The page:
MADRID — Brandon Moreno attended a VIP party on Friday, Sept. 2, at the Eiffel Tower. The invitation was made by Ari Emanuel, the CEO of UFC parent company Endeavor.
Overlooking the City of Light, the UFC’s interim flyweight champion and his manager, Jason House, chatted with Emanuel hours before UFC Paris. The conversation revolved around the UFC’s expansion plans in Latin America — including the impending UFC Performance Institute in Mexico City — and how Moreno, the promotion’s first Mexican-born champion, factors into them.
“[Emanuel] was just very complimentary,” House told ESPN. “He’s very excited for the future, and we told him the same. We’re very excited to be a part of his process and to be a brick in the foundation.”
Moreno, born in Tijuana, is already the face of the UFC in Mexico and a cog in the company’s future in Latin America. UFC president Dana White referred to him last month as “one of the biggest stars on the roster.”
But Moreno made the trip to Europe this summer to expand his profile even more internationally. He visited Italy, Paris and Spain, where he was escorted around Valencia and Madrid by executives from LaLiga, the country’s legendary soccer league as part of a collaboration with the UFC.
“I understand my market is in Mexico and the United States, right?” Moreno said. “But to me, it’s very special to go to a whole different country, to a place where I’m not expecting nothing. I don’t expect the guy to know my name or whatever. But people know my name and are asking for an autograph or whatever. It’s special, too. The goal right now is to be more recognized around the world. I’m putting in the work right now.”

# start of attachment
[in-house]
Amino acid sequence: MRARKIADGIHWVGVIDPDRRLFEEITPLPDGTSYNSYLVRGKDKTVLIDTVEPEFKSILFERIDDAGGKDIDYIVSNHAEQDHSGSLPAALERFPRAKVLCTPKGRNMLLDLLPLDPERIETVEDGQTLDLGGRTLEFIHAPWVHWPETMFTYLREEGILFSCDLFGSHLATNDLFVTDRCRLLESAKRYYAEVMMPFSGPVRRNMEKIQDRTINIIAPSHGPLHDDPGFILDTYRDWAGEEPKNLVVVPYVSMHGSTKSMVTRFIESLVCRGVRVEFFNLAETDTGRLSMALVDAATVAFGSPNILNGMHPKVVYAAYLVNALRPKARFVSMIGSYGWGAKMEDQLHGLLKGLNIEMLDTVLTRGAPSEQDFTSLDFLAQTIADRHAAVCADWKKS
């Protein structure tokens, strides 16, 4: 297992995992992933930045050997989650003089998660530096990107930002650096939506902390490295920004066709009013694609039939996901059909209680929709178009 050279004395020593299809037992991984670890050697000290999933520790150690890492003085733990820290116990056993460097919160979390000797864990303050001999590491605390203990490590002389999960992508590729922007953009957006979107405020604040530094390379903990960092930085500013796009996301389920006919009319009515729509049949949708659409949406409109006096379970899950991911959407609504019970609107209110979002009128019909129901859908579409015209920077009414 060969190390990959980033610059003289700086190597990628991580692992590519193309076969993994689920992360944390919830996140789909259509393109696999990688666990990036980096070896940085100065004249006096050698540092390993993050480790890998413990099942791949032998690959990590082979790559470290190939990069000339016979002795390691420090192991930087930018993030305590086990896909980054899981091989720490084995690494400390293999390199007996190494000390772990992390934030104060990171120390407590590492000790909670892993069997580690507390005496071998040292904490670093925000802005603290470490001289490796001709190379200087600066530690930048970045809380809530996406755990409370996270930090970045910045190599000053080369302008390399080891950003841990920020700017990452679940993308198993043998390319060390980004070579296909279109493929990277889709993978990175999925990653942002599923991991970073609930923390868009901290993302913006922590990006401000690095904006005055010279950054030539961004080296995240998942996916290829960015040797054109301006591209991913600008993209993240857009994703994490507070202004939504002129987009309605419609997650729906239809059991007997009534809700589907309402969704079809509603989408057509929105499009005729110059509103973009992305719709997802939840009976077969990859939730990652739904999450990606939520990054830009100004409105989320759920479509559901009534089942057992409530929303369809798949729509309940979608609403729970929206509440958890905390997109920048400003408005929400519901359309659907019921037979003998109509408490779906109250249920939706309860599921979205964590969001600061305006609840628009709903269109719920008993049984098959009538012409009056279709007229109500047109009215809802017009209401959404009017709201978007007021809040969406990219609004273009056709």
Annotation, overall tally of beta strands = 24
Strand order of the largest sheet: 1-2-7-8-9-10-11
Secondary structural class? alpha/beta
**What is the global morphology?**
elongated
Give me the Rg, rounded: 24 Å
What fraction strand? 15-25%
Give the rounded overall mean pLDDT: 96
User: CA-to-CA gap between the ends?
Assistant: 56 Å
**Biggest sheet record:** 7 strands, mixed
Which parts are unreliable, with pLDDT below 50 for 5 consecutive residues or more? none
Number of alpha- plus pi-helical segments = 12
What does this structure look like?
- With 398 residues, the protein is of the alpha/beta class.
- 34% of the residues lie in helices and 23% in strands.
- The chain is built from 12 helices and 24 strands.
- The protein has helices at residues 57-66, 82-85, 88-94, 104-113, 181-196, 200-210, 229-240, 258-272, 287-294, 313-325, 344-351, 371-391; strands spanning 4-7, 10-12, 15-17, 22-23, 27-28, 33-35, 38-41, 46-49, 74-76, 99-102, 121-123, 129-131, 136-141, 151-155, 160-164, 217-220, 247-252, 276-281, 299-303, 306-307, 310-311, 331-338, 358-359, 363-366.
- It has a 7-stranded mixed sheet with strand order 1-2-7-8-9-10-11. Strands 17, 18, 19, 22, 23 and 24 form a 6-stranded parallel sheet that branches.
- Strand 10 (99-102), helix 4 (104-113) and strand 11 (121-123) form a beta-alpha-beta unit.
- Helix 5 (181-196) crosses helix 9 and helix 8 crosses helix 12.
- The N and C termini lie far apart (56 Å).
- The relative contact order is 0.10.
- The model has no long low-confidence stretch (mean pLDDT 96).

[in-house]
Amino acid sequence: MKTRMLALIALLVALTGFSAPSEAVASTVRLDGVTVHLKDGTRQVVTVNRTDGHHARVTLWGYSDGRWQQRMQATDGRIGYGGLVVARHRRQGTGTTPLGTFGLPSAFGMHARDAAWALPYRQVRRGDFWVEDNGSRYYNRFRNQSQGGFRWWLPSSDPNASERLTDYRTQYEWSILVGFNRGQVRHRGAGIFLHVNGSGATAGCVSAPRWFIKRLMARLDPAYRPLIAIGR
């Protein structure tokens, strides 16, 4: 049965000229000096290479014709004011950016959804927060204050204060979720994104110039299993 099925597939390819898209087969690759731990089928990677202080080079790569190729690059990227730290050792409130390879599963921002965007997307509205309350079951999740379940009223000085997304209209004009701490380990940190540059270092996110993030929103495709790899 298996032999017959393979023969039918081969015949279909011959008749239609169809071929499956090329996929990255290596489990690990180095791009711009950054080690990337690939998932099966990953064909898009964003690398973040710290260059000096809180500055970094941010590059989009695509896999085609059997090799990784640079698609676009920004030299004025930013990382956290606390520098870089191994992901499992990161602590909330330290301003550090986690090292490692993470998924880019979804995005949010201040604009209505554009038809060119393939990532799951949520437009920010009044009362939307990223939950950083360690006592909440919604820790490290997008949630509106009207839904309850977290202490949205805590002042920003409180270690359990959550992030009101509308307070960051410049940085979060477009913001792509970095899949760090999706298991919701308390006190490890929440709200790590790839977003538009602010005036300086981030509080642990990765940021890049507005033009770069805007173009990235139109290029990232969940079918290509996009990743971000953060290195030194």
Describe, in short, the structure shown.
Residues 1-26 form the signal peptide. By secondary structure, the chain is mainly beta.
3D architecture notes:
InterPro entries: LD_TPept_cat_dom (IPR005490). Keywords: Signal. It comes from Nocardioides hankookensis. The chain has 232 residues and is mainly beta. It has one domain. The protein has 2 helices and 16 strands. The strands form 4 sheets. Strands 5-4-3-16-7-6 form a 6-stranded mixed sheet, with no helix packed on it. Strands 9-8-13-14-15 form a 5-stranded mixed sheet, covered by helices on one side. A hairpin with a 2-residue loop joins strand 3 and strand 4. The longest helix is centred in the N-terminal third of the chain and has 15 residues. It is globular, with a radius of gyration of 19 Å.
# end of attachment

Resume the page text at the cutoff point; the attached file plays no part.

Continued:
That’s all part of the plan, House said. It started back in March when Moreno went to UFC London to do some media appearances.
“I think really our goal is to make Brandon a global star,” House said. “Not just a star in North America. But to increase our presence in these markets. These are big markets the UFC is expanding into and we kind to want to be a part of that growth. Make sure Brandon is capitalizing on the opportunities that his success has presented.”
MORENO COVERED HIS mouth with his hands, almost in awe. Enrique, the chef of the famous Casa Navarro restaurant in Valencia, displayed his famous paella to the table, which overlooked the beach.
Across the table from Moreno for the Sunday afternoon meal was UFC featherweight prospect Ilia Topuria, who lives in Alicante, about two hours south of Valencia. After lunch, LaLiga officials whisked the two fighters over to Mestalla, the 99-year-old stadium of soccer team Valencia CF. Moreno and Topuria spoke with teens from Valencia’s academy teams and then were given a tour of the vintage stadium by guide Melanie Gasulla.